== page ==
The first DVD of Ralph Gleason's Jazz Casual TV series combines three separate 30-minute programs previously available individually as videos; obviously this is the better way to acquire them, both financially and from a preservation standpoint. Count Basie's appearance is a bit unusual. Gleason parks himself next to the piano following the opening number and remains there throughout the show, making Basie seem nervous and rather uncomfortable with his host during the interview excerpts and rarely, if ever, looking Gleason in the eye while talking to him.
Features 24 bit remastering and comes with a mini-description. A rare 50s performance – featuring a smoking version of "The Afro Suite" – plus some more boppish numbers too! Dizzy Gillespie was recruited as a special guest to perform on March 13, 1955, in concert with the Orchestra (a Washington, D.C., big band), a date that was recorded by Bill Potts and not initially released until 1983 by Elektra Musician. Although there was only a brief rehearsal of Gillespie with the band prior to their performance of the trumpeter's "The Afro Suite" (which includes "Manteca" plus a trio of pieces written in collaboration with Chico O'Farrill), they provide excellent support for this extended work, which features the composer extensively.
Concord Music Group will release five new titles in its Original Jazz Classics Remasters series on September 17, 2013. Enhanced by 24-bit remastering by Joe Tarantino, bonus tracks (some previously unreleased), and new liner notes to provide historical context to the originally released material, the series celebrates the 40th anniversary of Pablo Records, the prolific Beverly Hills-based label that showcased some of the most influential jazz artists and recordings of the 1970s and '80s.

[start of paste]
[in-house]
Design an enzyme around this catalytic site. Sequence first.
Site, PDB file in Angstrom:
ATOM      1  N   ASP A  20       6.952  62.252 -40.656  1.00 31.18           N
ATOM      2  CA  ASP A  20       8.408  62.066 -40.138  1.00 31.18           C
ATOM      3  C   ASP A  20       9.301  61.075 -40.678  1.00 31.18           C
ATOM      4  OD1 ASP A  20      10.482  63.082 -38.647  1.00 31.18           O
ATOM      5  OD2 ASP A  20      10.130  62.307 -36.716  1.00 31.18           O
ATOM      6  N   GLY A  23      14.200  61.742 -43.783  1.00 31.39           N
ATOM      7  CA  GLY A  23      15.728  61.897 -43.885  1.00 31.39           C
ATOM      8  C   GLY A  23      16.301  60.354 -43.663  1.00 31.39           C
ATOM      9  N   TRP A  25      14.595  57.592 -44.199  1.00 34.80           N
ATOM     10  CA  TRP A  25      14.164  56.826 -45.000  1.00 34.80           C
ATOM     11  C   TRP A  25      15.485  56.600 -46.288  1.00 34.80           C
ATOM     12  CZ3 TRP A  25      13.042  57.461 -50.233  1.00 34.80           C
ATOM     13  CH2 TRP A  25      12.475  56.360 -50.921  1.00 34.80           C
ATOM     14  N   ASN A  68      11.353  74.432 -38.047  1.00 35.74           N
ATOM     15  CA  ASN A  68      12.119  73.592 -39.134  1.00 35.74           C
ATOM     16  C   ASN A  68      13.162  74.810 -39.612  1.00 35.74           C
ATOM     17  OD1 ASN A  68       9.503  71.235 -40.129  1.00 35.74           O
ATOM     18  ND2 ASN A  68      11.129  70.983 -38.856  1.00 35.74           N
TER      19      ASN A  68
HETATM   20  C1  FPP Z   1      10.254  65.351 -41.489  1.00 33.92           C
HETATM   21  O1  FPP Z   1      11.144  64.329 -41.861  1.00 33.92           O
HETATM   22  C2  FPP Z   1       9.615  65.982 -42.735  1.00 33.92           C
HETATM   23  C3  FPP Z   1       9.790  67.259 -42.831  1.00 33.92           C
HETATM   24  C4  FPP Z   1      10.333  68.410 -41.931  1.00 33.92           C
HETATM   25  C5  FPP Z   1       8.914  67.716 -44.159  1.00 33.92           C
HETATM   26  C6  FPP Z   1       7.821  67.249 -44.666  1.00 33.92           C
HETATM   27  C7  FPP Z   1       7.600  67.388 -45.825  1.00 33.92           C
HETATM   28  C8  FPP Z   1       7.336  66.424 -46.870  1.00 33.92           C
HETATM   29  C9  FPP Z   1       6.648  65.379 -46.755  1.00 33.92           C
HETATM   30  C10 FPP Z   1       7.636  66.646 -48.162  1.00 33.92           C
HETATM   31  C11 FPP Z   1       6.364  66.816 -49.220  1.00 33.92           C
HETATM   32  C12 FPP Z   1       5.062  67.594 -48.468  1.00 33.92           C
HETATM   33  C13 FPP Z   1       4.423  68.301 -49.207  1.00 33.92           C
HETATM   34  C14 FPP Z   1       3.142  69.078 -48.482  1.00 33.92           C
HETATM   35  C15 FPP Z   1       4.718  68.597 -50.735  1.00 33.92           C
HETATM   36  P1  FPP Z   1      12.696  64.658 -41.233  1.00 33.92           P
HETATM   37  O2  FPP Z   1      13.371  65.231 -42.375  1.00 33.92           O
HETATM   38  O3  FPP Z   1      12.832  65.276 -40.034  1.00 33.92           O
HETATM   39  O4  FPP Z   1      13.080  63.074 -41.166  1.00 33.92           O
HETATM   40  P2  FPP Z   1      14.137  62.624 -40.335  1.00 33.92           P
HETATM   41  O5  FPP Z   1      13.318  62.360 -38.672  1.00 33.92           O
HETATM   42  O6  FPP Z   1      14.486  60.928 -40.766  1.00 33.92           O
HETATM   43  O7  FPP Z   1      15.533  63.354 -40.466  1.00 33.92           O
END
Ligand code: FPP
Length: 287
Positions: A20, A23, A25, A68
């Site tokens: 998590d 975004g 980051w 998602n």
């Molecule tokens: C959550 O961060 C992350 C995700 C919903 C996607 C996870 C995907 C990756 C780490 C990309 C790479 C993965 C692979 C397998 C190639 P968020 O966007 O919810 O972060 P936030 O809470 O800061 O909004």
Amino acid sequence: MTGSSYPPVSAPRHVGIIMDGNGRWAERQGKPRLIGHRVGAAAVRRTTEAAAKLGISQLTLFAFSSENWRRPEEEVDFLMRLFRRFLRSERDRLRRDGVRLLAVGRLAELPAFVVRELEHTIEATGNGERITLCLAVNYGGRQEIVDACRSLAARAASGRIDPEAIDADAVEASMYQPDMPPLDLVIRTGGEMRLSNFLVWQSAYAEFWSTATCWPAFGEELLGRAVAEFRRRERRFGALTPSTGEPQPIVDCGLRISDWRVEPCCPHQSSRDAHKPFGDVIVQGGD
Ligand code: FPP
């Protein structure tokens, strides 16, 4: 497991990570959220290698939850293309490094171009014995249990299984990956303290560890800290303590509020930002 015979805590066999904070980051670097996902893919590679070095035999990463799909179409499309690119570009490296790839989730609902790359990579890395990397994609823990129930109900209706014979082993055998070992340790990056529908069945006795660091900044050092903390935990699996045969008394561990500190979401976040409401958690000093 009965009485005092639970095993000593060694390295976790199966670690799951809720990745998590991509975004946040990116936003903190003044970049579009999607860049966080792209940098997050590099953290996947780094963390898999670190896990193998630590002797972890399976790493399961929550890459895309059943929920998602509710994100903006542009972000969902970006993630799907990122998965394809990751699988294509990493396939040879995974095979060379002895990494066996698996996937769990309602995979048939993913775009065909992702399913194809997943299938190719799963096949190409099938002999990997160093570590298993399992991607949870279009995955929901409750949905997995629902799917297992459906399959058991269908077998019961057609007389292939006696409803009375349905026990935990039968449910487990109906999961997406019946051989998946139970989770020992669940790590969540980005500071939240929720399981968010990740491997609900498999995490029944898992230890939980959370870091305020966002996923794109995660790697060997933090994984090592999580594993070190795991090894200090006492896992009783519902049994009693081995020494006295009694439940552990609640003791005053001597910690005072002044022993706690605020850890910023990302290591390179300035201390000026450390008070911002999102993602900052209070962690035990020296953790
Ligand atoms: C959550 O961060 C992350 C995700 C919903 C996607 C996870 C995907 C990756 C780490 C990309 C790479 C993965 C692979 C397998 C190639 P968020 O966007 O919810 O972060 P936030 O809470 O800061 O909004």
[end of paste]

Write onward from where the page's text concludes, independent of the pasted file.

Count Basie was among the most important bandleaders of the swing era. With the exception of a brief period in the early '50s, he led a big band from 1935 until his death almost 50 years later, and the band continued to perform after he died…
"A Classy Pair" is a most apt title for this session, which features Ella Fitzgerald and the final incarnation of the Count Basie Orchestra, perhaps the last major big band to exist under the baton of its namesake. Recorded in February 1979 and produced by the legendary Norman Granz, these nine tracks show Fitzgerald in a somewhat better light than the orchestra.
For a time in 1988, Moe Koffman (tripling on flute, alto and soprano) teamed up regularly with trumpeter Dizzy Gillespie. On this CD, Koffman and his regular group (guitarist Ed Bickert, keyboardist Bernie Senensky, bassist Kieran Overs, and drummer Barry Elmes) perform three of Dizzy's tunes, originals by Koffman and Senensky, and "Lush Life" with Gillespie. Diz's trumpet playing was clearly past its prime by 1988, but his scat singing on "Oop-Pop-A-Da" is quite virtuosic and outstanding, easily the high point of this little-known set.